High Court Of Madhya Pradesh : Indore Bench
Commissioner Of Gift Tax vs. Porwal Udyog (India)
Section GT 26(3)
P.D. Mulye & R.K. Verma, JJ.
Misc. Civil Case No. 341 of 1986
7th October, 1986
R.C. Mukati, for the Revenue
BY THE COURT :
This is an application filed by the applicant under s. 26(3) of the GT Act, 1958, calling upon the Tribunal, Indore, to make a reference to this Court on the following question of law proposed by the applicant: “Whether, on the facts and in the circumstances of the case, the Tribunal was justified in holding that the amount of Rs. 169,428 which was subjected to capital gains tax was not taxable as a gift ?In fact, the amount was not charged as a short- term capital gain, as it has been deleted in appeal ?”
2. The facts giving rise to this application may be stated, in brief, thus : The respondent-assessee by a sale deed dated September 7, 1974, transferred its factory building, outhouses and agricultural lands of the firm to certain persons including its partners and some strangers. The consideration for these assets was Rs. 1,85,572 which was the book value of these assets. The ITO was of the view that the consideration disclosed by the assessee was much below the fair market value of the assets. He referred the matter to the Departmental Valuer who estimated the fair market value at Rs. 3,55,000. The difference of Rs. 1,69,428 was charged as a short-term capital gain. Simultaneously, the ITO, acting as GTO, charged it as a deemed gift under the GT Act.
3. The CIT (A) deleted the addition of Rs. 1,69,428 made by the ITO being the short-term capital gains.According to the applicant, this decision was accepted by the Department.
4. Simultaneously, gift-tax proceedings were also commenced against the respondent-assessee on the basis that it was a deemed gift. However, when the matter went up before the Tribunal, relying on the Supreme Court decision in K. P. Varghese vs. ITO (1981) 24 CTR (SC) 358:(1981) 131 ITR 597 it came to the conclusion that capital gains and gift-tax could not stand together as they arose out of one and the same transaction and, therefore, ultimately declined to make a reference to this Court as submitted by the applicant.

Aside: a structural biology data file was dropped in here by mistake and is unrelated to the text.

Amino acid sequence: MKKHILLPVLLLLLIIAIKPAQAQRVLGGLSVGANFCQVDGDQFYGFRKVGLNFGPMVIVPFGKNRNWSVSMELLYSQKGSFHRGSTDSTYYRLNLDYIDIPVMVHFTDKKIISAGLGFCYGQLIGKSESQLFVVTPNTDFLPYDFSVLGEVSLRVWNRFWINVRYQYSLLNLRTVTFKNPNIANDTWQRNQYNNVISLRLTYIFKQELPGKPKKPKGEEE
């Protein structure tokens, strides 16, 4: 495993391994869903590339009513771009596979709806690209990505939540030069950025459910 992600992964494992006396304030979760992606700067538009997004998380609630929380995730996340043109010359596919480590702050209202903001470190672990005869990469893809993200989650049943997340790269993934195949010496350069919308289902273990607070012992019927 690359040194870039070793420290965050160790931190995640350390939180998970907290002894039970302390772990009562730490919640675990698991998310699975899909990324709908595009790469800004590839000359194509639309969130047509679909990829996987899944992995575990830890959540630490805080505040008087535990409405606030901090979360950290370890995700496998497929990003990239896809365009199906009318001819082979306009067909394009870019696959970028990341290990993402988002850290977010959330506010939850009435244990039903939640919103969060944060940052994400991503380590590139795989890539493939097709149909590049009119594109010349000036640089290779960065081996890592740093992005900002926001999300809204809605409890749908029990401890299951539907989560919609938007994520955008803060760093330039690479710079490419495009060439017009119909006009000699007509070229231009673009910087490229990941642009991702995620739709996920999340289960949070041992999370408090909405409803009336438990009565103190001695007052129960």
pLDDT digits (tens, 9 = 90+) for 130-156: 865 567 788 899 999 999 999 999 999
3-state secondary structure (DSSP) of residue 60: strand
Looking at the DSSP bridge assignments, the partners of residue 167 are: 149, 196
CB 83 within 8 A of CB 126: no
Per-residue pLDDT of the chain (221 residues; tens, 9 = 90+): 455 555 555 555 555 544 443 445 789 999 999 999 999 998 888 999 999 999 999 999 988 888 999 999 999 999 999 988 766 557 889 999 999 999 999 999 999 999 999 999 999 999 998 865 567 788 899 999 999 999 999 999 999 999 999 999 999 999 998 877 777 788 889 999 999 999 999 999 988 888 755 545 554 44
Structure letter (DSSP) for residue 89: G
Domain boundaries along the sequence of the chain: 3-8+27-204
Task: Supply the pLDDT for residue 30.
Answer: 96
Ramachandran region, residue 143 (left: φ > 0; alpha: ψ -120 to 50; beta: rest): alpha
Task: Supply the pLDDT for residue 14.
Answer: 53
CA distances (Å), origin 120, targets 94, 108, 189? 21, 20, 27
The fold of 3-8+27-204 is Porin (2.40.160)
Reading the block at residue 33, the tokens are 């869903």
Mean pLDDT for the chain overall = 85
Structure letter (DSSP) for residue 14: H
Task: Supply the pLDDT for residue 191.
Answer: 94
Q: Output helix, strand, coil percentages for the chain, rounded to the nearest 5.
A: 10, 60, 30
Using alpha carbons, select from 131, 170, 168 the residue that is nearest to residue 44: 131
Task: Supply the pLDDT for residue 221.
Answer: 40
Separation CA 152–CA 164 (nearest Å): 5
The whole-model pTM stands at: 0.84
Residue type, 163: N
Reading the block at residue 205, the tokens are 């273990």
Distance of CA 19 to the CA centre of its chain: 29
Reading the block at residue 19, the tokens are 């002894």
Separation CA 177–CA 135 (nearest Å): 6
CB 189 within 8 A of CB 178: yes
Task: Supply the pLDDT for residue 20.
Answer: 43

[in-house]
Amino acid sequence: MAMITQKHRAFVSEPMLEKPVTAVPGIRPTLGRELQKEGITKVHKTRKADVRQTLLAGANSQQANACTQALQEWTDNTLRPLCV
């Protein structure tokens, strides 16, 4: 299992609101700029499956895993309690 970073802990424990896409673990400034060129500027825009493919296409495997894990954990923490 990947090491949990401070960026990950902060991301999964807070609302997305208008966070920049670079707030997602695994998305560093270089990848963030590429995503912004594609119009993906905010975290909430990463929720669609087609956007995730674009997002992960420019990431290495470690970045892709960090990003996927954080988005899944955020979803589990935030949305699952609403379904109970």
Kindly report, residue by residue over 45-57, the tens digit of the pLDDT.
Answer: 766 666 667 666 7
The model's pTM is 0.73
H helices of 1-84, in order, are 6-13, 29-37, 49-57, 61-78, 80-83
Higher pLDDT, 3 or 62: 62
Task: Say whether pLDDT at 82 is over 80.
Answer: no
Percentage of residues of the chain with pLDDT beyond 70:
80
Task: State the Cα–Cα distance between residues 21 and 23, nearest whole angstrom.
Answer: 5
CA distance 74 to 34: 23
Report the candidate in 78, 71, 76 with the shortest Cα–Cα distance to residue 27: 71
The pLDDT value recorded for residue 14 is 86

5. Learned counsel for the applicant submitted that, no doubt, when the appeal was heard by the Tribunal, the fact was not brought to its notice that the Department had accepted the order by which the capital gain was deleted though that fact was brought to the notice of the Tribunal when an application for making a reference to this Court was made. Learned counsel, therefore, submitted that as the Department had given up its claim for capital gains tax, under the deeming provision, gift-tax could be levied on the basis of the valuation put forth by the valuer. He, therefore, submitted that, considering the facts and circumstances of this case, the Tribunal should be called upon to make a reference regarding the proposed question of law submitted by the applicant.
6. However, after hearing learned counsel and after going through the authority referred to above, we are of the opinion that this is not a fit case in which the Tribunal should be called upon to make a reference as proposed by the applicant, as the Tribunal has given valid reasons for rejecting that prayer.
7. In these circumstances, the application is dismissed and we decline to call upon the Tribunal to make a reference on the proposed question of law as submitted by the applicant.
[Citation :182 ITR 485]